This week, Broc Romanek launched CorporateAffairs.tv. No, it’s not a live video feed of boardroom dalliances. One of Broc’s first videos, Dramatic Risk Factors: We Face Competition (Vol. 1), inspired me to write about an idea that has been percolating in my cranium for some time.
As Broc so entertainingly points out, many risk factors, such as “we face competition”, can be found in nearly every risk factor section. This is true even though Item 503(c) of Regulation S-K clearly states: “Do not present risks that could apply to any issuer or any offering.” I doubt the SEC will be able to change this state of affairs because issuers see very little downside and some upside in including every hackneyed risk factor that has ever graced a disclosure document.
The situation is less than desirable for at least two reasons. First, it is profoundly inefficient. Thousands of companies are spending time and money to disclose essentially the same information. Second, it isn’t good disclosure. All of the boilerplate simply gets in the way of and obscures the disclosures that are unique.
Here’s my solution. The Securities and Exchange Commission should create a list of standard risk factors and issuers should be required to incorporate by reference all applicable risk factors into their filings. They would only be permitted to disclose risks that aren’t on the list. Thus, the SEC would create a standard risk factors such as “competition”, “dependence on key personnel”, and “natural disaster”. A further refinement would be to create a subset of industry-specific risk factors. For example, there could be additional risk factors for pharmaceutical companies, technology firms, et cetera. If necessary, an issuer would be permitted to supplement the standard risk factor with additional information. For example, a company might incorporate by reference the natural disaster risk factor and add “In addition, the registrant’s principal factory is located on an active earthquake fault in a flood zone that is routinely swept clean by hurricanes.” Another company might incorporate the dependence on key personnel by adding “The average age of our senior management is 94 and they all smoke.”
If this idea catches on, other disclosures might be similarly standardized.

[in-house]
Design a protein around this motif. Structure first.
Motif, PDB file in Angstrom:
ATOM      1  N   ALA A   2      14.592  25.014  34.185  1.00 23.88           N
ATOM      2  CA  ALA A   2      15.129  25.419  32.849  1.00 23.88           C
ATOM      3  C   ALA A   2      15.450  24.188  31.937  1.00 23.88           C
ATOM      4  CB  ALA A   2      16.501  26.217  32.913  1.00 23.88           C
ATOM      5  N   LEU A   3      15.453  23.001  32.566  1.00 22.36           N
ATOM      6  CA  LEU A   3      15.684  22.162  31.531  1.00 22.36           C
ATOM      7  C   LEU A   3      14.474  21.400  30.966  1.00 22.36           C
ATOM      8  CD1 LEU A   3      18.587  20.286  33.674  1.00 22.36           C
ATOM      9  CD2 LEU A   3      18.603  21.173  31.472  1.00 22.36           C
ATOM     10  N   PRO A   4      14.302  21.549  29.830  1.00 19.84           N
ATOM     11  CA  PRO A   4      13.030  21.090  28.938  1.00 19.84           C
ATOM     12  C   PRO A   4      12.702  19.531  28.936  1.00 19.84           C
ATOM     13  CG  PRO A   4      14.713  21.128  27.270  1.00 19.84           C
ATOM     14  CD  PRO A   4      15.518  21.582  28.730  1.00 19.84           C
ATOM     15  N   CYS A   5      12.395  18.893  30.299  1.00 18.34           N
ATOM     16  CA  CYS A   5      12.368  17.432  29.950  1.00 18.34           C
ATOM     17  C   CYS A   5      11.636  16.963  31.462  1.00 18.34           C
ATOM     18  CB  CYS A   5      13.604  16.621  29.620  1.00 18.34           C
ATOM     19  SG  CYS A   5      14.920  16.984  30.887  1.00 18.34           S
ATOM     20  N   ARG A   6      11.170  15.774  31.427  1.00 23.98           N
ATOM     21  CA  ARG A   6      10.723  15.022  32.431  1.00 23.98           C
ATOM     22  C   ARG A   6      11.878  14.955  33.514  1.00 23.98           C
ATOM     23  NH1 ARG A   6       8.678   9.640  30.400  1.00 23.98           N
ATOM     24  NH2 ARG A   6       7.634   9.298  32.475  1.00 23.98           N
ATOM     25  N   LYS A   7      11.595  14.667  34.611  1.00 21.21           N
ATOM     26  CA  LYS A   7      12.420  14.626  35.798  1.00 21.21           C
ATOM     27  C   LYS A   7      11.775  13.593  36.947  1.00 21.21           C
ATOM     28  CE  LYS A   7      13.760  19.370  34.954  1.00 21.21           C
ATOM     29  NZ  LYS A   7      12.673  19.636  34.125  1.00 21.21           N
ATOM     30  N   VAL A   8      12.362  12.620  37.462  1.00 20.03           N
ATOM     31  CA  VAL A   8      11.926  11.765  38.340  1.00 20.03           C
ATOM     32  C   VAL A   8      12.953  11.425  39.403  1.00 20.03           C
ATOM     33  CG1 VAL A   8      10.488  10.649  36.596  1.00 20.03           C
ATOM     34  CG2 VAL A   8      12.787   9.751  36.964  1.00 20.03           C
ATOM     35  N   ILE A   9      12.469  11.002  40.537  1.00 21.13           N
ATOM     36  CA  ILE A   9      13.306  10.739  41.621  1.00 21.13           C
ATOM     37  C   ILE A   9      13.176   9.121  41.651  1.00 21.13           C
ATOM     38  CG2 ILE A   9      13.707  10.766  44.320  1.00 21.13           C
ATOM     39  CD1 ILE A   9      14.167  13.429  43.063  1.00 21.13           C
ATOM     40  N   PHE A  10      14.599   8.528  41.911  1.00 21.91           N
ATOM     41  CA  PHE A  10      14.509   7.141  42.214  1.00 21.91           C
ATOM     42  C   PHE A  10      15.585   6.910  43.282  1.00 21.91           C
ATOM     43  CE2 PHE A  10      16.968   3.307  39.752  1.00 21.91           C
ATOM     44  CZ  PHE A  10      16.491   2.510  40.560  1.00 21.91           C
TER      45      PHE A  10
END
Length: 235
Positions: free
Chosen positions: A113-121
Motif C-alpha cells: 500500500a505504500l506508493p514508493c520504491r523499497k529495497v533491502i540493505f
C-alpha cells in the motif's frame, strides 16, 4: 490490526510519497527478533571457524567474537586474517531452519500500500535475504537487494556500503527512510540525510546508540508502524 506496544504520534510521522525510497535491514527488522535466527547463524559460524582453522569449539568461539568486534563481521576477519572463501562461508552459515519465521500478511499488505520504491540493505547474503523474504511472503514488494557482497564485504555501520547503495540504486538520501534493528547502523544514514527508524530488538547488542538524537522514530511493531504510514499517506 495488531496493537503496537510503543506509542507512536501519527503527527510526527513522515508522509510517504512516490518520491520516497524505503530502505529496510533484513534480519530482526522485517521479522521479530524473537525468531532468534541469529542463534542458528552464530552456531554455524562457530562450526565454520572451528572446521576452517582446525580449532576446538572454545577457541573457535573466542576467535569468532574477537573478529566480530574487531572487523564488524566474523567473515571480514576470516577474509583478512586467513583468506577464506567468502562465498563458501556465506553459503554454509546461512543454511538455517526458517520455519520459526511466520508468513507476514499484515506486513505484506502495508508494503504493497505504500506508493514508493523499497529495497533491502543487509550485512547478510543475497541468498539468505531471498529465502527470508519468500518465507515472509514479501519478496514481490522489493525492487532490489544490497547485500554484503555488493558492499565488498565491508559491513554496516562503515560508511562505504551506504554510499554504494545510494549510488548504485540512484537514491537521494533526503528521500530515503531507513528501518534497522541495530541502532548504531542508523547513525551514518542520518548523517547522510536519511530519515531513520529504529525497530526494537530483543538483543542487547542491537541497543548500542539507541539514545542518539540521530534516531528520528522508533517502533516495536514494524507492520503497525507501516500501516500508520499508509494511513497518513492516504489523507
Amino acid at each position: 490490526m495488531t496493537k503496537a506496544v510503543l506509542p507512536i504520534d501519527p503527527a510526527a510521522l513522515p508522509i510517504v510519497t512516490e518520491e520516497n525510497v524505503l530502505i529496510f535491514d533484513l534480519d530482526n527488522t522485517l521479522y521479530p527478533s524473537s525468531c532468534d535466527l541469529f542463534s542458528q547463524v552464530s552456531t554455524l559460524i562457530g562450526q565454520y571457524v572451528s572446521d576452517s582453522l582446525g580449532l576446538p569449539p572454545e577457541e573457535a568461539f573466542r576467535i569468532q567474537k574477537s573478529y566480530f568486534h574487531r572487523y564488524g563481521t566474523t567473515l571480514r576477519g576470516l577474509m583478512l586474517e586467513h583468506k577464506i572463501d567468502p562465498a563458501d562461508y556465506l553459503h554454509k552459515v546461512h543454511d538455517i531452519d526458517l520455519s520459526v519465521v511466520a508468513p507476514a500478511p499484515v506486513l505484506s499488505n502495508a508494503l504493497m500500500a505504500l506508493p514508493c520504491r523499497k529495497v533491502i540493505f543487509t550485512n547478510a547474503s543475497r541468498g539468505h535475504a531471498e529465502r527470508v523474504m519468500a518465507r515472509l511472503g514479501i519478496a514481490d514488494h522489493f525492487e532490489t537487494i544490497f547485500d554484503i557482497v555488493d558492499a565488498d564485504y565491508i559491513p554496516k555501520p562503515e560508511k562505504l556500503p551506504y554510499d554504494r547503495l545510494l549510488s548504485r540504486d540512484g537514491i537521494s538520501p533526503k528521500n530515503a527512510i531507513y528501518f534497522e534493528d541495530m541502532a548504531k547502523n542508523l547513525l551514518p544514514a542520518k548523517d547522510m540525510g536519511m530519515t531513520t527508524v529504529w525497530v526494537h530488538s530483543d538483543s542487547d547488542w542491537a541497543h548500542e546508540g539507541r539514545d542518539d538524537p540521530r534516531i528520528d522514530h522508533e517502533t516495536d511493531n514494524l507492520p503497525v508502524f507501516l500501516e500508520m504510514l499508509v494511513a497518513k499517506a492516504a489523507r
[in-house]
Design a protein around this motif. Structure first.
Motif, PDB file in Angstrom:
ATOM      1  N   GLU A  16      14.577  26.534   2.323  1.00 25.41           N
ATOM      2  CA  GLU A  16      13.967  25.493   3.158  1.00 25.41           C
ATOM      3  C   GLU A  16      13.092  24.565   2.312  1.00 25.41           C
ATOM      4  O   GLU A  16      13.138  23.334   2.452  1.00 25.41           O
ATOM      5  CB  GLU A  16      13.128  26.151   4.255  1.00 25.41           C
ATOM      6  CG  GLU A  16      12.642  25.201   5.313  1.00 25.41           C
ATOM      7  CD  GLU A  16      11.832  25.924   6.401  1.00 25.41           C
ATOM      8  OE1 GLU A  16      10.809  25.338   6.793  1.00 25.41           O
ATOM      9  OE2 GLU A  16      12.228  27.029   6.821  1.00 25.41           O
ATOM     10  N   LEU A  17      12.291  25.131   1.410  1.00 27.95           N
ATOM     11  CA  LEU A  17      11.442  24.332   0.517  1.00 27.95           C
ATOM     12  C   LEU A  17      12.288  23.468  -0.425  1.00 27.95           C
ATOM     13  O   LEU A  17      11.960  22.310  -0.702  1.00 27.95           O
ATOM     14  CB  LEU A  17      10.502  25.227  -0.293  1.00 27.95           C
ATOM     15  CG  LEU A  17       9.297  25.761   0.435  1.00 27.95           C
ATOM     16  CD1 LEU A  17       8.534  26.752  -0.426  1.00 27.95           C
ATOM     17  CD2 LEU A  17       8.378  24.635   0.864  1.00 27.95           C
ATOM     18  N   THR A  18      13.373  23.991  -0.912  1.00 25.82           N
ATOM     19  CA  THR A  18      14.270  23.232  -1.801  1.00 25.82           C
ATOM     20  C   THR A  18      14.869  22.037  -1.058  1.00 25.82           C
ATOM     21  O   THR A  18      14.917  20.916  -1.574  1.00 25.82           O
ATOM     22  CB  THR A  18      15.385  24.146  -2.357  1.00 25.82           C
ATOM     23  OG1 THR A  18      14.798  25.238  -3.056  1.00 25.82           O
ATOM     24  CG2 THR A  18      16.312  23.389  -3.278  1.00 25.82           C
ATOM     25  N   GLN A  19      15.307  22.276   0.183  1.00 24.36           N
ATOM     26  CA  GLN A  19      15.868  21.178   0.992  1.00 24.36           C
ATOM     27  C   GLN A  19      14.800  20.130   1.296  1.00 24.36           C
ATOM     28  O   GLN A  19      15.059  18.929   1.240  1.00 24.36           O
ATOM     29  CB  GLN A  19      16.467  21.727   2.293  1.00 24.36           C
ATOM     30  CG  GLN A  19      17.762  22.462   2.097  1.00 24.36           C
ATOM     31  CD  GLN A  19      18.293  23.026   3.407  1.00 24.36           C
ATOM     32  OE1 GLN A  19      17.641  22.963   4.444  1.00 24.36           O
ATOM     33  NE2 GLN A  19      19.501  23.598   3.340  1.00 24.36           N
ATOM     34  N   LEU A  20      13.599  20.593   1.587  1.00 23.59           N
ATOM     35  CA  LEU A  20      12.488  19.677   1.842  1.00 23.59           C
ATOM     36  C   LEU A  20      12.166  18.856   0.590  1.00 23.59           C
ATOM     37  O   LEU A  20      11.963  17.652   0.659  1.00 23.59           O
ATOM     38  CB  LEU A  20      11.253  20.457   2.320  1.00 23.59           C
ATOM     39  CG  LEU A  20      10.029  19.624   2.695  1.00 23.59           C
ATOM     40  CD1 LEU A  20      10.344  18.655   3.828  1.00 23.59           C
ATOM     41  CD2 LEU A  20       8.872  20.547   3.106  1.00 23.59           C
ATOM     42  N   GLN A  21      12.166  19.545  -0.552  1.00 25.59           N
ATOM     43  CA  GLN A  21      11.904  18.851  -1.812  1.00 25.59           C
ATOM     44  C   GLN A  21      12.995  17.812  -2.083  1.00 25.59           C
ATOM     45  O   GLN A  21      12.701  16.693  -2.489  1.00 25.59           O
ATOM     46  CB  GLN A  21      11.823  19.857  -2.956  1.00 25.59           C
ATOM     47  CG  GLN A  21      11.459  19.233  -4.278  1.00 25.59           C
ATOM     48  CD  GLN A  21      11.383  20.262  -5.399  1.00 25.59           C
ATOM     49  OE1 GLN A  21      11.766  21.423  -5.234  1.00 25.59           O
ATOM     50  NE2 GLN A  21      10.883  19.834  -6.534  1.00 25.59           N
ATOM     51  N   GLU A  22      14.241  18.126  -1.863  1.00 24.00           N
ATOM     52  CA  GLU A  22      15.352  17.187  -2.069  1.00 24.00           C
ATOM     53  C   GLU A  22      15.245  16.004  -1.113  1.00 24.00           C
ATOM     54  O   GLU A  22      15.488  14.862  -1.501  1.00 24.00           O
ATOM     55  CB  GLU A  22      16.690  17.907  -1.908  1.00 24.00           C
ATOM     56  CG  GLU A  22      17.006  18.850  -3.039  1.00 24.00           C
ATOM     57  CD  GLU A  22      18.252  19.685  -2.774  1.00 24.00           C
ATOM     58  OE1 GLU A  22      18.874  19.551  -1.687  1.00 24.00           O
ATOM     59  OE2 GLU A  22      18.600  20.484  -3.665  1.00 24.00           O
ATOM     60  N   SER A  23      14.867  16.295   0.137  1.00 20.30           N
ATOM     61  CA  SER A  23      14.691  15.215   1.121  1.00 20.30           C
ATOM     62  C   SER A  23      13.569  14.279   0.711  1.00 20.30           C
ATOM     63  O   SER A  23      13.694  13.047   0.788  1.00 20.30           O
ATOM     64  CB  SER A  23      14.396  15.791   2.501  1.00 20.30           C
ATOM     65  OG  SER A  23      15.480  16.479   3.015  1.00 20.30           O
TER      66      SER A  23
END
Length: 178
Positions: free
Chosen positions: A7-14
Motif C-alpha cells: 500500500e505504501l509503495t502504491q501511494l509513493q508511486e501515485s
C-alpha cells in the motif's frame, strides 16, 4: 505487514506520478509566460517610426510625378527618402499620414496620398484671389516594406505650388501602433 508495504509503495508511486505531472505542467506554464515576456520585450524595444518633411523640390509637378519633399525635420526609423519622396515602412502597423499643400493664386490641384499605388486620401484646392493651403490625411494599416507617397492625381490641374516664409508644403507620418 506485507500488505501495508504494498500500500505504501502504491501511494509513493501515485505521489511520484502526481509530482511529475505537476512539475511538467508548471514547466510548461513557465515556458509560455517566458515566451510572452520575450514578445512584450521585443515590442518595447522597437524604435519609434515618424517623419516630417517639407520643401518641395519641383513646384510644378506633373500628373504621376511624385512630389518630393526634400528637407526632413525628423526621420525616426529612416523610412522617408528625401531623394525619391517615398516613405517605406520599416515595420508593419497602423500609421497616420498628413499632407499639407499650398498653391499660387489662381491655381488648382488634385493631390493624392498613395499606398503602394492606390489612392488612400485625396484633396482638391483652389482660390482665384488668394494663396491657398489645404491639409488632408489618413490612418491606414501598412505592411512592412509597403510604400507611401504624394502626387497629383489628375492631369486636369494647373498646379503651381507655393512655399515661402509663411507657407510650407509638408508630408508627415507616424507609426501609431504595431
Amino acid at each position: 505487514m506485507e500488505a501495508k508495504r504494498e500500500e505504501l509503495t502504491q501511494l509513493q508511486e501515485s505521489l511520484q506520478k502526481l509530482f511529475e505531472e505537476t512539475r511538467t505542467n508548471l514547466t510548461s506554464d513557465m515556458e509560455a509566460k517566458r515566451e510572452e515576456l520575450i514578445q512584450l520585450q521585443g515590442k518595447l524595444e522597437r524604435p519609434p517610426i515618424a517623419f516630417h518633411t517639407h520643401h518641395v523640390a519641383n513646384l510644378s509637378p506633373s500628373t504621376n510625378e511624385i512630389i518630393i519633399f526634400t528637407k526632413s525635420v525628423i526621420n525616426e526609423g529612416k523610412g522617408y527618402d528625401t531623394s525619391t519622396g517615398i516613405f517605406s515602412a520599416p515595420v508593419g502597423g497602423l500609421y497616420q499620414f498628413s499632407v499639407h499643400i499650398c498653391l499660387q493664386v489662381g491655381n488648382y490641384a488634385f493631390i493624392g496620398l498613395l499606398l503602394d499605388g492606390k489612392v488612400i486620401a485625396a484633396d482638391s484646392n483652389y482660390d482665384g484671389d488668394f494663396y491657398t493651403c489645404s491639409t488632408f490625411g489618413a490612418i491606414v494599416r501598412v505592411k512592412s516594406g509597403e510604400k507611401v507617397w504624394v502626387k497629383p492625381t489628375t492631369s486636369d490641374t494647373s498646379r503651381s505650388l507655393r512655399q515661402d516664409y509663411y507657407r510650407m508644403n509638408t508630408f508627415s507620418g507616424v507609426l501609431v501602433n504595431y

Should the Ides of March be a Risk Factor?
Tomorrow is the Ides of March. The term refers to the Roman calendar system which was based on three dates in each month, known as the Kalends or Calends (think calendar), Nones and Ides. The Kalends always falls on the first of the month, the Nones, depending on the month, falls on either the fifth or seventh day, and the Ides is eight days after the Nones. Because the Nones falls on March 7, the Ides of March falls on March 15. In April, the Nones falls on the 5th and thus, the Ides of April is on the 13th.
March 15 is, of course, famous because it is the date on which Gaius Julius Caesar was murdered. According to the Greek historian Plutarch, a seer warned Julius Caesar of this day while Caesar was on his way to the Senate house:
ὥς τις αὐτῷ μάντις ἡμέρᾳ Μαρτίου μηνὸς, ἣν Εἰδοὺς Ῥωμαῖοι καλοῦσι, προείποι μέγαν φυλάττεσθαι κίνδυνον ἐλθούσης δὲ τῆς ἡμέρας προϊὼν (“A seer was telling Caesar on this day of the month of March, which is called the Ides by the Romans, a great danger was coming . . . “)
Fifteen centuries after Plutarch wrote these lines, William Shakespeare incorporated the seer’s warning into his play, Julius Caesar:
Soothsayer. Beware the ides of March.
Caesar. What man is that?
Brutus. A soothsayer bids you beware the ides of March.
The story, of course, ends with Caesar’s murder and a different kind of “March madness”.
It’s often said that Caesar met his end in the Roman Senate House. However, the Senate House was being renovated (on Caesar’s orders). Consequently, the Senate was meeting at the Theater of Pompey and that is where Caesar was slain. Parts of the Theater remain and I’ve even enjoyed dinner at a restaurant occupying a portion of the ruins: